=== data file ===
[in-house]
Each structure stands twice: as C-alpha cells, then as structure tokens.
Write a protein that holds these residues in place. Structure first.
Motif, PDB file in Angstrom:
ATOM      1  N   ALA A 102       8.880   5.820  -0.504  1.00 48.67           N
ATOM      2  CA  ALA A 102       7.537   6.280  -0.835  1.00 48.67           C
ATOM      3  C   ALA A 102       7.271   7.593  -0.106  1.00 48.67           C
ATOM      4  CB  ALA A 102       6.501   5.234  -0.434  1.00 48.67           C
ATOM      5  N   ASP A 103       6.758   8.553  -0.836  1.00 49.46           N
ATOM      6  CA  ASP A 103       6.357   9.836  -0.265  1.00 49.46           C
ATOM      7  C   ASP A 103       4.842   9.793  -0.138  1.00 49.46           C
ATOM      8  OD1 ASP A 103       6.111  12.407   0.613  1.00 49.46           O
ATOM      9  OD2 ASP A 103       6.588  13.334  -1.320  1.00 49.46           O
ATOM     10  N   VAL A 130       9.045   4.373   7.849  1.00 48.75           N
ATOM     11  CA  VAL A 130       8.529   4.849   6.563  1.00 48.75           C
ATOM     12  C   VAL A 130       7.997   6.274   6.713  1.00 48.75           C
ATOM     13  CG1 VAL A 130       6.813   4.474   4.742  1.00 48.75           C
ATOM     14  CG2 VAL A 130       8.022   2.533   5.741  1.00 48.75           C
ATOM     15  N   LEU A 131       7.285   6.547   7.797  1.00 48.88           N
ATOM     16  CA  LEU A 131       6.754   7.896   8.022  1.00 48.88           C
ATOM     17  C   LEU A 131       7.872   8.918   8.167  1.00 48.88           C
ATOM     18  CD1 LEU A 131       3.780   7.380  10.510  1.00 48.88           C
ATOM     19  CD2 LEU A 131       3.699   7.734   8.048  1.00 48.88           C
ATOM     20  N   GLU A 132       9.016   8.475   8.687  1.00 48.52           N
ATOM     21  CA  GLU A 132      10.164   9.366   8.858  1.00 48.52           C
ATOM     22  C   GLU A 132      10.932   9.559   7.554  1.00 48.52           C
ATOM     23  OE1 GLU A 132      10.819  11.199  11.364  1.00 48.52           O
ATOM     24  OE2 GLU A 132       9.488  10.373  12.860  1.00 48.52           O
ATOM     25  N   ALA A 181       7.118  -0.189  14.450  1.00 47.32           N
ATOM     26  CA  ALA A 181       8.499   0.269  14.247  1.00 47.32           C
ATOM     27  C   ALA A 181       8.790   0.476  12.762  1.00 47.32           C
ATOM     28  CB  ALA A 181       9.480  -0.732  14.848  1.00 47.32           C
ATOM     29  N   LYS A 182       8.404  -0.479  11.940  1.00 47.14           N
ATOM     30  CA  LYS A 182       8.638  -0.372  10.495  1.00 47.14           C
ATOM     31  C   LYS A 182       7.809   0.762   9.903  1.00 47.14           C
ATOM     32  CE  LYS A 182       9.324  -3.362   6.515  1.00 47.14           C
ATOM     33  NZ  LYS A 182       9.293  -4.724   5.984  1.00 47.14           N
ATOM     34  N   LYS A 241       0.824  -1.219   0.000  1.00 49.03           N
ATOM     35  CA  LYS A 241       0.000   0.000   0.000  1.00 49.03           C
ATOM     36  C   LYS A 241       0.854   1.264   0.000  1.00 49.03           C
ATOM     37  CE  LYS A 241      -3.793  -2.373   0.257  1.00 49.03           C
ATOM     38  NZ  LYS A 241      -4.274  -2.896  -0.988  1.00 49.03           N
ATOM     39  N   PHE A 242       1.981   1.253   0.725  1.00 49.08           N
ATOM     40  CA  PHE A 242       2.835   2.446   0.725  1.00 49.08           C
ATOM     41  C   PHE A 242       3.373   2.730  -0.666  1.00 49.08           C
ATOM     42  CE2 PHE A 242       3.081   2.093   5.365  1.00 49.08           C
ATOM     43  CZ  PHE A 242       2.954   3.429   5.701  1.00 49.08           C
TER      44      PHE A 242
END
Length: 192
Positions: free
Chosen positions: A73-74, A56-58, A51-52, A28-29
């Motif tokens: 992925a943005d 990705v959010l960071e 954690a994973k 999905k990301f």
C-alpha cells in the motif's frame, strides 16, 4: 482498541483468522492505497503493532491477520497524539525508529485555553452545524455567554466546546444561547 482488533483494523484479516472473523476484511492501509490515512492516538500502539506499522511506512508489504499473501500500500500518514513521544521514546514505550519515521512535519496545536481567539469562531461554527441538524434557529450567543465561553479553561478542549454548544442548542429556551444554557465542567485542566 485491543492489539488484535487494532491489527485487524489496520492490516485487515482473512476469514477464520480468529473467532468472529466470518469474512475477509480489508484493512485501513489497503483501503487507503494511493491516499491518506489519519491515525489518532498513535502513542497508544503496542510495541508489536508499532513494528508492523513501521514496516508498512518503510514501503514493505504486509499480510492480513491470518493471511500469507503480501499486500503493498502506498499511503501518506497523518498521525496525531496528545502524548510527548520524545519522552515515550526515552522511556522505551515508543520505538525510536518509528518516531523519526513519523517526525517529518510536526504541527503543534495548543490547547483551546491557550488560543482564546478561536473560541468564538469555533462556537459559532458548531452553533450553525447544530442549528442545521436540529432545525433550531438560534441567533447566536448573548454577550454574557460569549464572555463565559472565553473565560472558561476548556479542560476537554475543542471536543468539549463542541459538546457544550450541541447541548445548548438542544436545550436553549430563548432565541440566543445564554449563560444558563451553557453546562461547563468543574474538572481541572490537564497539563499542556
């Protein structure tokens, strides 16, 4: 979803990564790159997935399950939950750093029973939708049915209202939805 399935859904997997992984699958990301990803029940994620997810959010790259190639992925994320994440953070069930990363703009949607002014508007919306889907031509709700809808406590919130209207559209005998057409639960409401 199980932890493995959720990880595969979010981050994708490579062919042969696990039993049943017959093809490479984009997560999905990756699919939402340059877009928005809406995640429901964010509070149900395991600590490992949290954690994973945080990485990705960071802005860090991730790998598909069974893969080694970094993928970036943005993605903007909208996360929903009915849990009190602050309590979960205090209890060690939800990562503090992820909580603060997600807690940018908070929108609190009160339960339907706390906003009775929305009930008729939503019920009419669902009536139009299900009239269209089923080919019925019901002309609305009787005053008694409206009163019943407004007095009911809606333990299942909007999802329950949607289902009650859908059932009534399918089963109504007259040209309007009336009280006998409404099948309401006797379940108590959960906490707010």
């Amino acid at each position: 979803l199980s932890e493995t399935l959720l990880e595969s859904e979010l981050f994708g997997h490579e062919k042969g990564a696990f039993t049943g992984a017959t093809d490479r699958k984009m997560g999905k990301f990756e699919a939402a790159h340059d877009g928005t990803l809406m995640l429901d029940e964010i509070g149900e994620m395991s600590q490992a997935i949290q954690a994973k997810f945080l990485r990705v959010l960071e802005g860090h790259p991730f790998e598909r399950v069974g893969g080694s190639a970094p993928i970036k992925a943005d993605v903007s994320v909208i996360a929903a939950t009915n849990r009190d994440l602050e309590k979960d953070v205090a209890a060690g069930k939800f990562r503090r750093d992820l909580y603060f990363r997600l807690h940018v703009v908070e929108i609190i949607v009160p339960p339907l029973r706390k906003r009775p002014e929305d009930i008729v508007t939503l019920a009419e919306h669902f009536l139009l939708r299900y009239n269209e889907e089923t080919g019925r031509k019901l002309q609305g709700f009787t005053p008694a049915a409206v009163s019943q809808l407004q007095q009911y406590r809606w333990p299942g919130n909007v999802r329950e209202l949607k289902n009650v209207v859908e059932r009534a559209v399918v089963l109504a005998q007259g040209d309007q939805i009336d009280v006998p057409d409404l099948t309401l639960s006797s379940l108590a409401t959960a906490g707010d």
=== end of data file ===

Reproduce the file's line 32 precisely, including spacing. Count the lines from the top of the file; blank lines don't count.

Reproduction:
ATOM     28  CB  ALA A 181       9.480  -0.732  14.848  1.00 47.32           C